"The central idea—to provide a critical analysis of new kinds of places, and to offer a defense of them against standard objections—is timely and interesting. Kolb makes effective use of the relevant philosophical and social science literature and provides numerous useful examples. Sprawling Places will find an audience among cultural theorists and analysts of popular culture, philosophers, architects, and urban designers and planners."--William J. Mitchell, author of Placing Words: Symbols, Space, and the City
"Making better places involves more than just improving the architecture—it means being attentive to the social interactions, norms, and meanings generated by a given location. In Sprawling Places David Kolb employs this idea to help us assess and re-assess a variety of contemporary places, from theme parks to traditional suburbs to New Urbanist developments. Kolb asks us to move beyond totalizing critiques of suburban places, and instead evaluate places according to the level of complexity they exhibit and the kinds of social meanings and practices they promote. He shows how this framework can help us think not just critically but constructively about suburban places and how they might be improved by creative interventions, ranging from subtle changes in street-level details to larger-order policy reforms. Theoretically rich yet highly engaging, Sprawling Places offers a fresh and surprisingly hopeful contribution to our understanding of suburban life."--Thad Williamson, coauthor of Making a Place for Community: Local Democracy in a Global Era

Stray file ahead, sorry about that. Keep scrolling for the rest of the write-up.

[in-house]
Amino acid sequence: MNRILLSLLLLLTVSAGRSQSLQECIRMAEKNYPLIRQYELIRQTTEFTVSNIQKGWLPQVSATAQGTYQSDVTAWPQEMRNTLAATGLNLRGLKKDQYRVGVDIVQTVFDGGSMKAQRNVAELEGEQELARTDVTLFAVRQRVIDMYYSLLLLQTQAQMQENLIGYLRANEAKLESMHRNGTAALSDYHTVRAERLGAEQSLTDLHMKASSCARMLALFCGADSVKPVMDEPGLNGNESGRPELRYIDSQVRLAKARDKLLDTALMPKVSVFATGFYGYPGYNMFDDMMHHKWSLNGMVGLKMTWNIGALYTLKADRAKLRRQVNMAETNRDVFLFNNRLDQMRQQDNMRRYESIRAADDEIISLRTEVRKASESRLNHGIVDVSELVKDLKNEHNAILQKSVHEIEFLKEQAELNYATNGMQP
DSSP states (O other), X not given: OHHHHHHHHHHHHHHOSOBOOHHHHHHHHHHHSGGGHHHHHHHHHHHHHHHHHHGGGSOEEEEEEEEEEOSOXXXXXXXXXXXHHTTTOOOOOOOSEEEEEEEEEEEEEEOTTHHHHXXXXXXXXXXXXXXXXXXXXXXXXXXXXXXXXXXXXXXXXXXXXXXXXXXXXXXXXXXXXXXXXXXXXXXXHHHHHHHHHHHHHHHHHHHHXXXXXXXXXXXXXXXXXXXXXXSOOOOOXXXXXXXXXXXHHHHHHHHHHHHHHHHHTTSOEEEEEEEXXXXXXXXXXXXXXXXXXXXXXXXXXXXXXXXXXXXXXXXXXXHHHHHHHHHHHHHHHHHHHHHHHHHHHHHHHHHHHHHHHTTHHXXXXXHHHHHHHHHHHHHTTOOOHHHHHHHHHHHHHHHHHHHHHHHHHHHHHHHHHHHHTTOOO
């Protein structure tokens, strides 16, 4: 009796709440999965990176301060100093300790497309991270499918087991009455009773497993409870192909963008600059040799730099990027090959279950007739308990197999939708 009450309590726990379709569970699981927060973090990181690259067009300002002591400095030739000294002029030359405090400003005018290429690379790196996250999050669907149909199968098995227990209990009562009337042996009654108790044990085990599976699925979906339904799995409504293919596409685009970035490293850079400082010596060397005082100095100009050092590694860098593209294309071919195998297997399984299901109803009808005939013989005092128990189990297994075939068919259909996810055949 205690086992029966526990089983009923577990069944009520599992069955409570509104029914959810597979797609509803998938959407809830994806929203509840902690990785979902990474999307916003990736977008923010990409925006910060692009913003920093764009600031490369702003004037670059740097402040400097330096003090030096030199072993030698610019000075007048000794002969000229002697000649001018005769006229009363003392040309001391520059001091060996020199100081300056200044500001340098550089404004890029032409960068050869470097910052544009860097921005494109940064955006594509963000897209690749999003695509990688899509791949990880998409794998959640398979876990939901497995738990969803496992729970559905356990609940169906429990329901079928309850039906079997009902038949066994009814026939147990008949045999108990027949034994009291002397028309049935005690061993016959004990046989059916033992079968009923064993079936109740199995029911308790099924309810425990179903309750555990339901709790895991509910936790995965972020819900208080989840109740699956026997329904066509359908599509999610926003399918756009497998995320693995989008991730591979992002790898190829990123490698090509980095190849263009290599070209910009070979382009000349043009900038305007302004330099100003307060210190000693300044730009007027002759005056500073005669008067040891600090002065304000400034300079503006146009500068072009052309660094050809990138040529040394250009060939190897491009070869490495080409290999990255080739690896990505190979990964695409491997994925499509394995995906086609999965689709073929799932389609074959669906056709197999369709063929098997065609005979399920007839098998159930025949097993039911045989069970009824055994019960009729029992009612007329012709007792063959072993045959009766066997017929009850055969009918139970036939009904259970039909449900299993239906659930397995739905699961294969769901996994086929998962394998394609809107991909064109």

"In this polemic, philosopher and place theorist David Kolb deploys more unconventional thinking in the service of what turn out to be common sense ideas. Kolb finds distinctions where others assume homogeneity; his baseline act of discernment is to recognize that suburbs are neither small villages or large cities, and therefore should be approached as unique phenomena."--New Haven Review
"Flexible interpretations of sprawl are necessary on a planet that shows no signs of divorcing itself from its cars and suburbs, and Kolb provides some imaginative and theoretical tools for reconsidering, with fewer prejudices, both fragmentation and polycentrism."--Net American City
About the Author
David Kolb is the author of several books, including Postmodern Sophistications. He is the Charles A. Dana Professor Emeritus of Philosophy at Bates College.